JS: I think we’re talking two things here. 1) Whether white people should participate in the struggle to end racism; and 2) whether emphasis should be put on the lives of black people over and above the lives of everyone else.
I agree that “all lives matter.” Theologically speaking, Jesus held the same view – are we not all children of God? But he also had a heart for the “least of these”: the poor, the demon-possessed, the ill and injured, the powerless, and those at the bottom of society. The problem with “all lives matter” is that it tends to lump everyone equally together and thereby negate the idea that we actually have a problem with regard to race.
The argument presented by some African Americans today about excluding white people in the struggle is similar to the early Malcolm X’s statements back in the 60s. He was adamant that whites could not help because they didn’t get it. They were well-intentioned do-gooders, but they did not understand the dynamics of racism much less understand and acknowledge their participation in it. However, it is also interesting to note that toward the end of his life Malcolm went on a Hajj, during which he saw all races worshiping together. That experience changed his perspective. He became more open to those white people who wanted to help put an end to racism. Perhaps some African Americans today are where Malcolm was early in his career. Perhaps they have not yet had an experience of unity. But the work should not be all on those who are black.
A couple of experiences in my life taught me the value of shutting my mouth and listening. One came in high school when my tenth-grade teacher, John Pinkard (the only African American teacher in the school at that time), brought a Black Panther to speak to us at a special evening meeting. What can I say? It was 1967 or 1968. The man explained his life and his take on racism. With regard to integration, he told us the same thing Malcom X had once said, “Say you have a cup of strong, black coffee. Now you add cream to it. What happens? It’s diluted!” I remember thinking, “Oh, yeah? Well, what if you have a nice glass of milk and you add chocolate syrup to it?” The answer of course is: “A tasty treat” Obviously my fifteen-year-old brain’s analogy didn’t work! But, all humor aside, I did hear the man. He actually was talking about dignity and self-reliance, and how fragile those things were in his community.
Later when I went to theological school, I enrolled in a class called “The Black Worship Experience,” taught by the amazing Dr. Dean Trulear. The class had about 1/3 white students, 1/3 black students, and 1/3 Korean students (the Drew University Theological School has and still has a large Korean population). I recall sitting in that class and listening to the black students express their anger and frustration. In my head, I was screaming “Wait!! I never did that to you!! Not guilty! Not guilty!!” Then something told me to shove my feelings aside and just sit there and take it. So I did. As a result, I ended up feeling compassion for my fellow students and their anger.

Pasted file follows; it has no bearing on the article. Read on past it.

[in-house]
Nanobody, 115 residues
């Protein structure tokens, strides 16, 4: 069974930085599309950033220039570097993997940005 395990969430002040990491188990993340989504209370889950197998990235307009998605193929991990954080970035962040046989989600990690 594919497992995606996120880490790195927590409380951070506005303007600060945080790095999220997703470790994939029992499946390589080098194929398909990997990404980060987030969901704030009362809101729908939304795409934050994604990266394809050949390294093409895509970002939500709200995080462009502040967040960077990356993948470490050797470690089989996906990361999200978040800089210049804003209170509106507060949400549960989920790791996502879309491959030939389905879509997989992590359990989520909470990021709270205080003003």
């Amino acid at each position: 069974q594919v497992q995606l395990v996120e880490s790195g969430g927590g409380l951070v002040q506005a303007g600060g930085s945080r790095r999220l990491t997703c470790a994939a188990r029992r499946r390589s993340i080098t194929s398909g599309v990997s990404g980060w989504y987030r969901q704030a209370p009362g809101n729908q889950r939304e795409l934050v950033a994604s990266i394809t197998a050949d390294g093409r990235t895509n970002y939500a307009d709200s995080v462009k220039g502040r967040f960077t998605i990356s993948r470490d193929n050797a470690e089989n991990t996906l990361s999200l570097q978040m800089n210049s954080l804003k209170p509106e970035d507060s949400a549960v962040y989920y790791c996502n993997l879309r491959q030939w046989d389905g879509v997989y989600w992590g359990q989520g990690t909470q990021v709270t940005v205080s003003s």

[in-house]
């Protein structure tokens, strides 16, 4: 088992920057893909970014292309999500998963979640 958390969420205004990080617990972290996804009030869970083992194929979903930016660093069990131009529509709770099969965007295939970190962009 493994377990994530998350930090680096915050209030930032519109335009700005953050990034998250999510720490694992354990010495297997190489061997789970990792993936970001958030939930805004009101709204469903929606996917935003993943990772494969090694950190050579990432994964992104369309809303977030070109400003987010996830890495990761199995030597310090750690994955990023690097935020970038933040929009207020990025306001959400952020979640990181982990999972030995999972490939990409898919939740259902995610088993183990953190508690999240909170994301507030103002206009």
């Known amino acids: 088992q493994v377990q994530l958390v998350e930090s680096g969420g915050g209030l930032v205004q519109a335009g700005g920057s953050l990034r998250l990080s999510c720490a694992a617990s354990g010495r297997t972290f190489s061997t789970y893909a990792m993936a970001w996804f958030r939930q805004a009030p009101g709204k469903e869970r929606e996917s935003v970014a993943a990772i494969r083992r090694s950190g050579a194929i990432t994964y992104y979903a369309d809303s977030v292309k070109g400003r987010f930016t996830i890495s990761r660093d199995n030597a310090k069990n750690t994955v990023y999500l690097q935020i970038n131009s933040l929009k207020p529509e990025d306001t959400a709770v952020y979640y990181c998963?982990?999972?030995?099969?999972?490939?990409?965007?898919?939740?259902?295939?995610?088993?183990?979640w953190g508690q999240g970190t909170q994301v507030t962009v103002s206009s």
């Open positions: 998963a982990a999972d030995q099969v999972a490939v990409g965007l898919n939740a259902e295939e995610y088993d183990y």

These experiences, plus a few others, have led me to realize that I am the recipient of certain privileges because I am white, although not all, since I also am a woman. I recognize that racism is not prejudice but an institutional process. I also see that we desperately need to learn from and listen to each other. Sadly, what we’re doing now is waiting until the “other guys” stop talking so we can yell our talking points back at them, and vice versa. True listening means putting your ego and pride aside and hearing with compassion what the other person is saying. Needless to say the attitude needs to go both ways. But when someone has been badly hurt they may need to scream and shout, because they feel no one really has heard them. So the process is not easy – complicated by the fact that we live in a mediated culture that wants to boil everything down to 10-second sound bites and photo-shopped images. The truth is there is no magic pill to make racism go away. It will take work, lots of work.
Another essential is getting to know each other as individuals. As I said earlier, once you start having friends who are not like you, it tends to explode stereotypes. I’m lucky. In my life I have had the opportunity to work with, learn from and with, and live with people who aren’t like me. Now when I hear someone saying something potentially hurtful or outrageous on the news, I usually wonder what propels them to make those statements. I suspect it is because they themselves are experiencing pain, fear, or feelings of exclusion. We can’t go on like this. We must learn to listen and hear, rather than erect walls and yell.